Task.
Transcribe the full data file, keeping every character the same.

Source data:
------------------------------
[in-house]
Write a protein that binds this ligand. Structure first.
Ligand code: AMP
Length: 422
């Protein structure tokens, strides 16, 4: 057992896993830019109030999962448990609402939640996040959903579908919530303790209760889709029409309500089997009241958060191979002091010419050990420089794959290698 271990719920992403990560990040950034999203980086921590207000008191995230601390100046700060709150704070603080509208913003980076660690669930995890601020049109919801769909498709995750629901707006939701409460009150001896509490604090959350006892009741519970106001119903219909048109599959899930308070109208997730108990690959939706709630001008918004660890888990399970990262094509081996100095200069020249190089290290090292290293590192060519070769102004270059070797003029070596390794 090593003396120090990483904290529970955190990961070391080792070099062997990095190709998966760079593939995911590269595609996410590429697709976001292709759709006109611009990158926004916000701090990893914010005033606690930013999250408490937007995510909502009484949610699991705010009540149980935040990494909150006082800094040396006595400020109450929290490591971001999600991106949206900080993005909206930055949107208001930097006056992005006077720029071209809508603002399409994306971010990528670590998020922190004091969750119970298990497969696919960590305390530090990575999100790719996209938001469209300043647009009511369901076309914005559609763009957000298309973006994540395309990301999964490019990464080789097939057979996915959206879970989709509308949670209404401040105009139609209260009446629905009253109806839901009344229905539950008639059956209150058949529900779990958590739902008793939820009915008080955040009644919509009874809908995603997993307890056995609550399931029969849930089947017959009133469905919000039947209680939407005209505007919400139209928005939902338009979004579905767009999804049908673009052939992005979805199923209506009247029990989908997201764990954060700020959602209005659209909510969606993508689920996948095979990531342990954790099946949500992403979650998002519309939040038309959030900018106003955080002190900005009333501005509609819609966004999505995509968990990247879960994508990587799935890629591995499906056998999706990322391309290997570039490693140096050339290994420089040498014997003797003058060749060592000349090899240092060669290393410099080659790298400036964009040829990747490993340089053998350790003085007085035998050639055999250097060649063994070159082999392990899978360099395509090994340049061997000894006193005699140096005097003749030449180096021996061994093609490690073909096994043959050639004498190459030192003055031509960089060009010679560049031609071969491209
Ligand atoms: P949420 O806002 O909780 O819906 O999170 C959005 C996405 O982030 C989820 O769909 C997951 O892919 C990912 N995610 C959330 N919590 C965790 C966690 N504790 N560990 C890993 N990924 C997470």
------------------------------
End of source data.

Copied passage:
[in-house]
Write a protein that binds this ligand. Structure first.
Ligand code: AMP
Length: 422
């Protein structure tokens, strides 16, 4: 057992896993830019109030999962448990609402939640996040959903579908919530303790209760889709029409309500089997009241958060191979002091010419050990420089794959290698 271990719920992403990560990040950034999203980086921590207000008191995230601390100046700060709150704070603080509208913003980076660690669930995890601020049109919801769909498709995750629901707006939701409460009150001896509490604090959350006892009741519970106001119903219909048109599959899930308070109208997730108990690959939706709630001008918004660890888990399970990262094509081996100095200069020249190089290290090292290293590192060519070769102004270059070797003029070596390794 090593003396120090990483904290529970955190990961070391080792070099062997990095190709998966760079593939995911590269595609996410590429697709976001292709759709006109611009990158926004916000701090990893914010005033606690930013999250408490937007995510909502009484949610699991705010009540149980935040990494909150006082800094040396006595400020109450929290490591971001999600991106949206900080993005909206930055949107208001930097006056992005006077720029071209809508603002399409994306971010990528670590998020922190004091969750119970298990497969696919960590305390530090990575999100790719996209938001469209300043647009009511369901076309914005559609763009957000298309973006994540395309990301999964490019990464080789097939057979996915959206879970989709509308949670209404401040105009139609209260009446629905009253109806839901009344229905539950008639059956209150058949529900779990958590739902008793939820009915008080955040009644919509009874809908995603997993307890056995609550399931029969849930089947017959009133469905919000039947209680939407005209505007919400139209928005939902338009979004579905767009999804049908673009052939992005979805199923209506009247029990989908997201764990954060700020959602209005659209909510969606993508689920996948095979990531342990954790099946949500992403979650998002519309939040038309959030900018106003955080002190900005009333501005509609819609966004999505995509968990990247879960994508990587799935890629591995499906056998999706990322391309290997570039490693140096050339290994420089040498014997003797003058060749060592000349090899240092060669290393410099080659790298400036964009040829990747490993340089053998350790003085007085035998050639055999250097060649063994070159082999392990899978360099395509090994340049061997000894006193005699140096005097003749030449180096021996061994093609490690073909096994043959050639004498190459030192003055031509960089060009010679560049031609071969491209
Ligand atoms: P949420 O806002 O909780 O819906 O999170 C959005 C996405 O982030 C989820 O769909 C997951 O892919 C990912 N995610 C959330 N919590 C965790 C966690 N504790 N560990 C890993 N990924 C997470």